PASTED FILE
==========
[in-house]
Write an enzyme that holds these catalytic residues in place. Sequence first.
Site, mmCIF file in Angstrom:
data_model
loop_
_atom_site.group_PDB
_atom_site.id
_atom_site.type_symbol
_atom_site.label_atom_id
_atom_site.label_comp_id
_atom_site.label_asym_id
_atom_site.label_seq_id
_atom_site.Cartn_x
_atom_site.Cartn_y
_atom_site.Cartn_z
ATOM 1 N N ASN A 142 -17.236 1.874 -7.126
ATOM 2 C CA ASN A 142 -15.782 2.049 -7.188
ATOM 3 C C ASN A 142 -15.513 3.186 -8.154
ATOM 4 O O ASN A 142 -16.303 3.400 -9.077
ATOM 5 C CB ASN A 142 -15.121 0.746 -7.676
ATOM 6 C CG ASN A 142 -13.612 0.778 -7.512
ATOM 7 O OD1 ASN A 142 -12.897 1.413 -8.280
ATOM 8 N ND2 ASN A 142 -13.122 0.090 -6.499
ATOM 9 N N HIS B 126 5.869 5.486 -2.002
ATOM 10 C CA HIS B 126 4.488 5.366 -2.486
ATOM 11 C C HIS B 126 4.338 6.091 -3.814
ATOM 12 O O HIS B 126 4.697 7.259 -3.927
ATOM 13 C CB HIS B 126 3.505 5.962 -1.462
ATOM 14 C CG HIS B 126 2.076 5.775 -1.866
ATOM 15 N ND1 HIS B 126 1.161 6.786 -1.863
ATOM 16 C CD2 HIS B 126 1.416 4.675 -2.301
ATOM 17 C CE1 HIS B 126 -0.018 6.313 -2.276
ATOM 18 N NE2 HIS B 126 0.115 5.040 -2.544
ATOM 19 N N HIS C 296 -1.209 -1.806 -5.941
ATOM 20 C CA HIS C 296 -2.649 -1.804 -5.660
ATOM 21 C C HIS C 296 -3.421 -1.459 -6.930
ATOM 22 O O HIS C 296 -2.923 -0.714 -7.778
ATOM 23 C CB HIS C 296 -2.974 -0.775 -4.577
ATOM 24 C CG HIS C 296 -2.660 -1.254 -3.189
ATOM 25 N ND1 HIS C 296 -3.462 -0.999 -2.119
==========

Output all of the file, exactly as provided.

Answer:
[in-house]
Write an enzyme that holds these catalytic residues in place. Sequence first.
Site, mmCIF file in Angstrom:
data_model
loop_
_atom_site.group_PDB
_atom_site.id
_atom_site.type_symbol
_atom_site.label_atom_id
_atom_site.label_comp_id
_atom_site.label_asym_id
_atom_site.label_seq_id
_atom_site.Cartn_x
_atom_site.Cartn_y
_atom_site.Cartn_z
ATOM 1 N N ASN A 142 -17.236 1.874 -7.126
ATOM 2 C CA ASN A 142 -15.782 2.049 -7.188
ATOM 3 C C ASN A 142 -15.513 3.186 -8.154
ATOM 4 O O ASN A 142 -16.303 3.400 -9.077
ATOM 5 C CB ASN A 142 -15.121 0.746 -7.676
ATOM 6 C CG ASN A 142 -13.612 0.778 -7.512
ATOM 7 O OD1 ASN A 142 -12.897 1.413 -8.280
ATOM 8 N ND2 ASN A 142 -13.122 0.090 -6.499
ATOM 9 N N HIS B 126 5.869 5.486 -2.002
ATOM 10 C CA HIS B 126 4.488 5.366 -2.486
ATOM 11 C C HIS B 126 4.338 6.091 -3.814
ATOM 12 O O HIS B 126 4.697 7.259 -3.927
ATOM 13 C CB HIS B 126 3.505 5.962 -1.462
ATOM 14 C CG HIS B 126 2.076 5.775 -1.866
ATOM 15 N ND1 HIS B 126 1.161 6.786 -1.863
ATOM 16 C CD2 HIS B 126 1.416 4.675 -2.301
ATOM 17 C CE1 HIS B 126 -0.018 6.313 -2.276
ATOM 18 N NE2 HIS B 126 0.115 5.040 -2.544
ATOM 19 N N HIS C 296 -1.209 -1.806 -5.941
ATOM 20 C CA HIS C 296 -2.649 -1.804 -5.660
ATOM 21 C C HIS C 296 -3.421 -1.459 -6.930
ATOM 22 O O HIS C 296 -2.923 -0.714 -7.778
ATOM 23 C CB HIS C 296 -2.974 -0.775 -4.577
ATOM 24 C CG HIS C 296 -2.660 -1.254 -3.189
ATOM 25 N ND1 HIS C 296 -3.462 -0.999 -2.119